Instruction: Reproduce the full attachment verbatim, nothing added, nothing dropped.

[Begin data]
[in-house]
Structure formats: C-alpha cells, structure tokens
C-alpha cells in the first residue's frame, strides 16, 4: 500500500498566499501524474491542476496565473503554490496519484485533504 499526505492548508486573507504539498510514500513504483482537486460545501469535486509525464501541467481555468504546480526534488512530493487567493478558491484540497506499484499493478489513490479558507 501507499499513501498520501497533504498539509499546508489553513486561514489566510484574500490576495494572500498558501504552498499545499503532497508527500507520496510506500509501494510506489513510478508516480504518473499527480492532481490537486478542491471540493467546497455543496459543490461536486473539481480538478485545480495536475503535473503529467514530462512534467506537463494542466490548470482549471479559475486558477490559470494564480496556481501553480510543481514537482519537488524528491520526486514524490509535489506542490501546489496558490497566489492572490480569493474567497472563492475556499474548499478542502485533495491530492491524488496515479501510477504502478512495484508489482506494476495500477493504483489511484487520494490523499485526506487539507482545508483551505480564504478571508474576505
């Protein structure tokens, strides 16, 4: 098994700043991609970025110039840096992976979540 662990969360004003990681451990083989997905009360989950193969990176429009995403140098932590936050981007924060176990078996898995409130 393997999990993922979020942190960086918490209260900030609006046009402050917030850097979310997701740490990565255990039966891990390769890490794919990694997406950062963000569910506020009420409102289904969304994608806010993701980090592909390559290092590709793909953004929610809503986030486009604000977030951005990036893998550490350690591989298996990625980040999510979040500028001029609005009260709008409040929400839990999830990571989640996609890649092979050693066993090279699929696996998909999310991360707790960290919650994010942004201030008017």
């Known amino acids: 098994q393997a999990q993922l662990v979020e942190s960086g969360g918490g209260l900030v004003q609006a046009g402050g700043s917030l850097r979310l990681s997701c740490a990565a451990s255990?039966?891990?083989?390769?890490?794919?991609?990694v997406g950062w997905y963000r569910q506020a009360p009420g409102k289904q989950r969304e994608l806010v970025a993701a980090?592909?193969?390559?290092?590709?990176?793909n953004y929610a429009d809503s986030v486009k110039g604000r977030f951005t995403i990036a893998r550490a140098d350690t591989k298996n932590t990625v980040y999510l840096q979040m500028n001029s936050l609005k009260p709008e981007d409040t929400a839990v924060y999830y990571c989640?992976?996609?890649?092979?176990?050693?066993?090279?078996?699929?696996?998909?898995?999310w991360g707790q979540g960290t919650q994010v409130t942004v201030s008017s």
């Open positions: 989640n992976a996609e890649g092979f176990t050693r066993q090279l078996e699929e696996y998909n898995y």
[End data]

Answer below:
[in-house]
Structure formats: C-alpha cells, structure tokens
C-alpha cells in the first residue's frame, strides 16, 4: 500500500498566499501524474491542476496565473503554490496519484485533504 499526505492548508486573507504539498510514500513504483482537486460545501469535486509525464501541467481555468504546480526534488512530493487567493478558491484540497506499484499493478489513490479558507 501507499499513501498520501497533504498539509499546508489553513486561514489566510484574500490576495494572500498558501504552498499545499503532497508527500507520496510506500509501494510506489513510478508516480504518473499527480492532481490537486478542491471540493467546497455543496459543490461536486473539481480538478485545480495536475503535473503529467514530462512534467506537463494542466490548470482549471479559475486558477490559470494564480496556481501553480510543481514537482519537488524528491520526486514524490509535489506542490501546489496558490497566489492572490480569493474567497472563492475556499474548499478542502485533495491530492491524488496515479501510477504502478512495484508489482506494476495500477493504483489511484487520494490523499485526506487539507482545508483551505480564504478571508474576505
């Protein structure tokens, strides 16, 4: 098994700043991609970025110039840096992976979540 662990969360004003990681451990083989997905009360989950193969990176429009995403140098932590936050981007924060176990078996898995409130 393997999990993922979020942190960086918490209260900030609006046009402050917030850097979310997701740490990565255990039966891990390769890490794919990694997406950062963000569910506020009420409102289904969304994608806010993701980090592909390559290092590709793909953004929610809503986030486009604000977030951005990036893998550490350690591989298996990625980040999510979040500028001029609005009260709008409040929400839990999830990571989640996609890649092979050693066993090279699929696996998909999310991360707790960290919650994010942004201030008017």
């Known amino acids: 098994q393997a999990q993922l662990v979020e942190s960086g969360g918490g209260l900030v004003q609006a046009g402050g700043s917030l850097r979310l990681s997701c740490a990565a451990s255990?039966?891990?083989?390769?890490?794919?991609?990694v997406g950062w997905y963000r569910q506020a009360p009420g409102k289904q989950r969304e994608l806010v970025a993701a980090?592909?193969?390559?290092?590709?990176?793909n953004y929610a429009d809503s986030v486009k110039g604000r977030f951005t995403i990036a893998r550490a140098d350690t591989k298996n932590t990625v980040y999510l840096q979040m500028n001029s936050l609005k009260p709008e981007d409040t929400a839990v924060y999830y990571c989640?992976?996609?890649?092979?176990?050693?066993?090279?078996?699929?696996?998909?898995?999310w991360g707790q979540g960290t919650q994010v409130t942004v201030s008017s």
């Open positions: 989640n992976a996609e890649g092979f176990t050693r066993q090279l078996e699929e696996y998909n898995y």